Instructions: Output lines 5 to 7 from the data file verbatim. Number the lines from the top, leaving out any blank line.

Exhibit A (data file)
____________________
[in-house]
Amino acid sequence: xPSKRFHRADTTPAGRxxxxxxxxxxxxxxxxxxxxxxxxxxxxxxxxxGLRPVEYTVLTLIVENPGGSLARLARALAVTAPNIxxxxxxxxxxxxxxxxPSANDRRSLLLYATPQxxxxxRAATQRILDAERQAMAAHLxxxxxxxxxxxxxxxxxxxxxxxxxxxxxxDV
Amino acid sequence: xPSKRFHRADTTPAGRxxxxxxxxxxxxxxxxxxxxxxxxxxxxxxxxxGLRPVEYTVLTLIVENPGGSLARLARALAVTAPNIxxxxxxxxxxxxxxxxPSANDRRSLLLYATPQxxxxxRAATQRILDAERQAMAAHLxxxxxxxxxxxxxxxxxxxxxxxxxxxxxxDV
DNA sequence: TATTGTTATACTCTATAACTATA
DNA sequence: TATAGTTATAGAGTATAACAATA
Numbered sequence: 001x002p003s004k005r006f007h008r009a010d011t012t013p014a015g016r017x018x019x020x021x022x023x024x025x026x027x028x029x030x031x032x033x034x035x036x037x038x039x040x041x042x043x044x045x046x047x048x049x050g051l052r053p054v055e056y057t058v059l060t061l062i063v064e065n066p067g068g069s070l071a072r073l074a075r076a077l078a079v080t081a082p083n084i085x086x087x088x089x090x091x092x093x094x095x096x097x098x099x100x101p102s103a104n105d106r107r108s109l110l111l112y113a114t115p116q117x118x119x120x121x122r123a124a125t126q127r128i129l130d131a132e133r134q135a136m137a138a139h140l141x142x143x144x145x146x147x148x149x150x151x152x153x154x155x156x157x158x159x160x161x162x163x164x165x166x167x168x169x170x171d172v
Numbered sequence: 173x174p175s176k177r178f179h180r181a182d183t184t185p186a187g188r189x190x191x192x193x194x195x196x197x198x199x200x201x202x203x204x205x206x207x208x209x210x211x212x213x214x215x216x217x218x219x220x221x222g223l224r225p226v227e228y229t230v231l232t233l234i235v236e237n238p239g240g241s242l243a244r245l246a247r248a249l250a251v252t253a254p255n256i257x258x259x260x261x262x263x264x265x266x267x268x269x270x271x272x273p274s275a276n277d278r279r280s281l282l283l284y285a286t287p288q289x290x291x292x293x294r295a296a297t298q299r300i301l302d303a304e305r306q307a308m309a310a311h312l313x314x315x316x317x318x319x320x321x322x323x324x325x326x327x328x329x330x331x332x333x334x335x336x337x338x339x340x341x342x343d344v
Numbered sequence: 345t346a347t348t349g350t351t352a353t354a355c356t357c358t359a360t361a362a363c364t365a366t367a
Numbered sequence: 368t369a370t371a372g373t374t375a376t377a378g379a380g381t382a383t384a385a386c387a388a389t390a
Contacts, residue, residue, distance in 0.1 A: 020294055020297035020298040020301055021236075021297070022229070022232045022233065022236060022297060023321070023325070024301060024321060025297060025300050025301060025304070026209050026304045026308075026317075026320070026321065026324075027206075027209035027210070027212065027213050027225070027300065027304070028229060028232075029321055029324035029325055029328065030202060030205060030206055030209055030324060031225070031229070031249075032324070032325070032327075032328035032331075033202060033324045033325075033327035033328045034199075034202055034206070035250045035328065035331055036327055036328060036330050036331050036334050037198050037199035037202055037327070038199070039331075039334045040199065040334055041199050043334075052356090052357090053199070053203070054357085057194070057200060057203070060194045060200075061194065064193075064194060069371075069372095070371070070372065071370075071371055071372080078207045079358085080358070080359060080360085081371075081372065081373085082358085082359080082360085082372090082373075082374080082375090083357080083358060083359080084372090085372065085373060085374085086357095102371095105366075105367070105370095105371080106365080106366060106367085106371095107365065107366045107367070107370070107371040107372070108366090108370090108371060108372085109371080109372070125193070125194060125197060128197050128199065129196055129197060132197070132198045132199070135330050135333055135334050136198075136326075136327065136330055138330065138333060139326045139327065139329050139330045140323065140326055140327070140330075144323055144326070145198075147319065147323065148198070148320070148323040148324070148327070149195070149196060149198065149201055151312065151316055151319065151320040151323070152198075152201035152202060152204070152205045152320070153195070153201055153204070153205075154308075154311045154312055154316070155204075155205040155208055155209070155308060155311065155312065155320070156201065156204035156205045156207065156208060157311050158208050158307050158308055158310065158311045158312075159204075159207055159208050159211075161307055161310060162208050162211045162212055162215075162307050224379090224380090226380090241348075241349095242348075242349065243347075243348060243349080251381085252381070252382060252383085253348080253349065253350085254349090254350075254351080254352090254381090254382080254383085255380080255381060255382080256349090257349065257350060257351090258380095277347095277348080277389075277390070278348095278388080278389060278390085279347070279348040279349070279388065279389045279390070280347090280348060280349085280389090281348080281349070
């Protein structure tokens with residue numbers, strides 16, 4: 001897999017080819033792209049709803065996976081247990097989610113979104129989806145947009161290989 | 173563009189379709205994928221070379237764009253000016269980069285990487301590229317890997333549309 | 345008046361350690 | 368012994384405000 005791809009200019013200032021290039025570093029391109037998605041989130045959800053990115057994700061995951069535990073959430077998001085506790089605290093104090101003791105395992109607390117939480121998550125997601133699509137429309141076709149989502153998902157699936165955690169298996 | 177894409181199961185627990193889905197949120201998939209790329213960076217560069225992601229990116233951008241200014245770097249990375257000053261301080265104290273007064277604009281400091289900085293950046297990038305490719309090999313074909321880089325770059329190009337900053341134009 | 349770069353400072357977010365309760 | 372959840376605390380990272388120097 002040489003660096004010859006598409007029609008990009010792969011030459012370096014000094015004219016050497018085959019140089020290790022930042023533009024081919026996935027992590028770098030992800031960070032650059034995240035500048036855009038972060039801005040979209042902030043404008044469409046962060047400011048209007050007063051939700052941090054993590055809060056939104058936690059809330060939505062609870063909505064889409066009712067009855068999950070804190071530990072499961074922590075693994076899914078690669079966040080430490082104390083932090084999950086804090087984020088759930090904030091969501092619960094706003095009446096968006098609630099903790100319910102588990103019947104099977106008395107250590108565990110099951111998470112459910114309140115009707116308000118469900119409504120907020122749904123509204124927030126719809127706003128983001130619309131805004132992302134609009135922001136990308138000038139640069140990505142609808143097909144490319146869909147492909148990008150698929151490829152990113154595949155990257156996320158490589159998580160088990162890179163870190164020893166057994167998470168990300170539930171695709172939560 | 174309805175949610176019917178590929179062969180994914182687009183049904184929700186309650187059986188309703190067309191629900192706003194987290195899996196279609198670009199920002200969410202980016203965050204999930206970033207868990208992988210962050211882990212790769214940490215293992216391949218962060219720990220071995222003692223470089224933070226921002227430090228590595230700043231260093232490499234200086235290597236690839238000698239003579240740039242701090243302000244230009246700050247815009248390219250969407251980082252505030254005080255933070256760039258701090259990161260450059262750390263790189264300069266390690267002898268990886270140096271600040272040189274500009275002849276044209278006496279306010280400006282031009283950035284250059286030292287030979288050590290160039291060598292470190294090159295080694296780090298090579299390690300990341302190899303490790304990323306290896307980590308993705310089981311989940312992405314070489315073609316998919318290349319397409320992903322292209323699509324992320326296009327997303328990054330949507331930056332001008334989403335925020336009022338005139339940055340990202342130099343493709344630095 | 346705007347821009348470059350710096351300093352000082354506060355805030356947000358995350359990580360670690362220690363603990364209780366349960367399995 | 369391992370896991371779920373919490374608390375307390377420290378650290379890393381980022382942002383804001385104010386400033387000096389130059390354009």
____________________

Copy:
DNA sequence: TATAGTTATAGAGTATAACAATA
Numbered sequence: 001x002p003s004k005r006f007h008r009a010d011t012t013p014a015g016r017x018x019x020x021x022x023x024x025x026x027x028x029x030x031x032x033x034x035x036x037x038x039x040x041x042x043x044x045x046x047x048x049x050g051l052r053p054v055e056y057t058v059l060t061l062i063v064e065n066p067g068g069s070l071a072r073l074a075r076a077l078a079v080t081a082p083n084i085x086x087x088x089x090x091x092x093x094x095x096x097x098x099x100x101p102s103a104n105d106r107r108s109l110l111l112y113a114t115p116q117x118x119x120x121x122r123a124a125t126q127r128i129l130d131a132e133r134q135a136m137a138a139h140l141x142x143x144x145x146x147x148x149x150x151x152x153x154x155x156x157x158x159x160x161x162x163x164x165x166x167x168x169x170x171d172v
Numbered sequence: 173x174p175s176k177r178f179h180r181a182d183t184t185p186a187g188r189x190x191x192x193x194x195x196x197x198x199x200x201x202x203x204x205x206x207x208x209x210x211x212x213x214x215x216x217x218x219x220x221x222g223l224r225p226v227e228y229t230v231l232t233l234i235v236e237n238p239g240g241s242l243a244r245l246a247r248a249l250a251v252t253a254p255n256i257x258x259x260x261x262x263x264x265x266x267x268x269x270x271x272x273p274s275a276n277d278r279r280s281l282l283l284y285a286t287p288q289x290x291x292x293x294r295a296a297t298q299r300i301l302d303a304e305r306q307a308m309a310a311h312l313x314x315x316x317x318x319x320x321x322x323x324x325x326x327x328x329x330x331x332x333x334x335x336x337x338x339x340x341x342x343d344v